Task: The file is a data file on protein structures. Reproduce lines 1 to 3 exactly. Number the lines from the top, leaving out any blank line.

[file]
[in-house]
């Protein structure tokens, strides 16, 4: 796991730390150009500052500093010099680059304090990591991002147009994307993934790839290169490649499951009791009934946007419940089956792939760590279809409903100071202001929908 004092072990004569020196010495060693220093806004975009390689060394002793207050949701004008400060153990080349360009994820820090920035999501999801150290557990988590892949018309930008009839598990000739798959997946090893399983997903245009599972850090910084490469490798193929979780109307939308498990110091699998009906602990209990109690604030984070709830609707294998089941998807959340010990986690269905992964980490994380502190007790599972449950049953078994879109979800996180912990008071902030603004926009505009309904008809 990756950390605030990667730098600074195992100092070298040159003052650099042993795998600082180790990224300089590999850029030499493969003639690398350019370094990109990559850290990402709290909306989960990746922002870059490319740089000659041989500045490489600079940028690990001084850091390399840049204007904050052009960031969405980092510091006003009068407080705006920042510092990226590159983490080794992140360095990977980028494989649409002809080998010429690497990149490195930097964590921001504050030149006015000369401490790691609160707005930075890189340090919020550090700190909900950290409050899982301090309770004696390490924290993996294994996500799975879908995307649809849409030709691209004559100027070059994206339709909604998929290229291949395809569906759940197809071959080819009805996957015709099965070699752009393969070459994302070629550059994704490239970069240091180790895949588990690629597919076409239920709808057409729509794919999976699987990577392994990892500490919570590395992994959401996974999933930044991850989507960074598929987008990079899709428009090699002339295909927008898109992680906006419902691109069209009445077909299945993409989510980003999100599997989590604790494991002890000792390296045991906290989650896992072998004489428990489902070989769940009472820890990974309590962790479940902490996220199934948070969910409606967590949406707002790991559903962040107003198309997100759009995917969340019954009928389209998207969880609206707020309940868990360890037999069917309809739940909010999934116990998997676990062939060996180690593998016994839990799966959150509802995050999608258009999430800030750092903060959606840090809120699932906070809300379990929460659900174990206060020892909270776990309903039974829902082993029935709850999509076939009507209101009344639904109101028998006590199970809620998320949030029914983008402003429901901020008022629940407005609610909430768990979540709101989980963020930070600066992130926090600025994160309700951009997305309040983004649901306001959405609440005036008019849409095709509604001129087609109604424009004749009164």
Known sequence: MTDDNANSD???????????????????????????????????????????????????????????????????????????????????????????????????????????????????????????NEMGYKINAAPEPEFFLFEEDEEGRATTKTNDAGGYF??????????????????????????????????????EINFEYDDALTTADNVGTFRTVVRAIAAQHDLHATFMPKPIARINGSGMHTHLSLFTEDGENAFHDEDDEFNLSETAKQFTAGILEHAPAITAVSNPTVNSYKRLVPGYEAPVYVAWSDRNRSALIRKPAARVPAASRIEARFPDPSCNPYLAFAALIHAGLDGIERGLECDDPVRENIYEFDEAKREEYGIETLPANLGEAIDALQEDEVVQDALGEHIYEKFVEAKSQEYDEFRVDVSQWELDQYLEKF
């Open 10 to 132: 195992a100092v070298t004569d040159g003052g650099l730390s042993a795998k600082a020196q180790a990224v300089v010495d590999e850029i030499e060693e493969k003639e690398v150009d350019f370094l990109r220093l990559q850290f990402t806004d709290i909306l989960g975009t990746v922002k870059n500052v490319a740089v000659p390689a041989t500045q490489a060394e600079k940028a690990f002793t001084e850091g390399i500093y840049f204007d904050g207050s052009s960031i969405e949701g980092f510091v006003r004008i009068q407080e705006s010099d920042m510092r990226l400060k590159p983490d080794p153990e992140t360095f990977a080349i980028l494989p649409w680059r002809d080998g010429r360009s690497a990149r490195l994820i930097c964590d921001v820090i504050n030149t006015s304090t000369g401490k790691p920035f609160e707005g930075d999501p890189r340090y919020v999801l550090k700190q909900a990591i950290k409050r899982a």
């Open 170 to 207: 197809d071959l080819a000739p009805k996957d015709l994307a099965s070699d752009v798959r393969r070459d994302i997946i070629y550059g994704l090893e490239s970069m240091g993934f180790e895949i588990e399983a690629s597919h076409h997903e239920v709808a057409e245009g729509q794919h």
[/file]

[in-house]
């Protein structure tokens, strides 16, 4: 796991730390150009500052500093010099680059304090990591991002147009994307993934790839290169490649499951009791009934946007419940089956792939760590279809409903100071202001929908 004092072990004569020196010495060693220093806004975009390689060394002793207050949701004008400060153990080349360009994820820090920035999501999801150290557990988590892949018309930008009839598990000739798959997946090893399983997903245009599972850090910084490469490798193929979780109307939308498990110091699998009906602990209990109690604030984070709830609707294998089941998807959340010990986690269905992964980490994380502190007790599972449950049953078994879109979800996180912990008071902030603004926009505009309904008809 990756950390605030990667730098600074195992100092070298040159003052650099042993795998600082180790990224300089590999850029030499493969003639690398350019370094990109990559850290990402709290909306989960990746922002870059490319740089000659041989500045490489600079940028690990001084850091390399840049204007904050052009960031969405980092510091006003009068407080705006920042510092990226590159983490080794992140360095990977980028494989649409002809080998010429690497990149490195930097964590921001504050030149006015000369401490790691609160707005930075890189340090919020550090700190909900950290409050899982301090309770004696390490924290993996294994996500799975879908995307649809849409030709691209004559100027070059994206339709909604998929290229291949395809569906759940197809071959080819009805996957015709099965070699752009393969070459994302070629550059994704490239970069240091180790895949588990690629597919076409239920709808057409729509794919999976699987990577392994990892500490919570590395992994959401996974999933930044991850989507960074598929987008990079899709428009090699002339295909927008898109992680906006419902691109069209009445077909299945993409989510980003999100599997989590604790494991002890000792390296045991906290989650896992072998004489428990489902070989769940009472820890990974309590962790479940902490996220199934948070969910409606967590949406707002790991559903962040107003198309997100759009995917969340019954009928389209998207969880609206707020309940868990360890037999069917309809739940909010999934116990998997676990062939060996180690593998016994839990799966959150509802995050999608258009999430800030750092903060959606840090809120699932906070809300379990929460659900174990206060020892909270776990309903039974829902082993029935709850999509076939009507209101009344639904109101028998006590199970809620998320949030029914983008402003429901901020008022629940407005609610909430768990979540709101989980963020930070600066992130926090600025994160309700951009997305309040983004649901306001959405609440005036008019849409095709509604001129087609109604424009004749009164």
Known sequence: MTDDNANSD???????????????????????????????????????????????????????????????????????????????????????????????????????????????????????????NEMGYKINAAPEPEFFLFEEDEEGRATTKTNDAGGYF??????????????????????????????????????EINFEYDDALTTADNVGTFRTVVRAIAAQHDLHATFMPKPIARINGSGMHTHLSLFTEDGENAFHDEDDEFNLSETAKQFTAGILEHAPAITAVSNPTVNSYKRLVPGYEAPVYVAWSDRNRSALIRKPAARVPAASRIEARFPDPSCNPYLAFAALIHAGLDGIERGLECDDPVRENIYEFDEAKREEYGIETLPANLGEAIDALQEDEVVQDALGEHIYEKFVEAKSQEYDEFRVDVSQWELDQYLEKF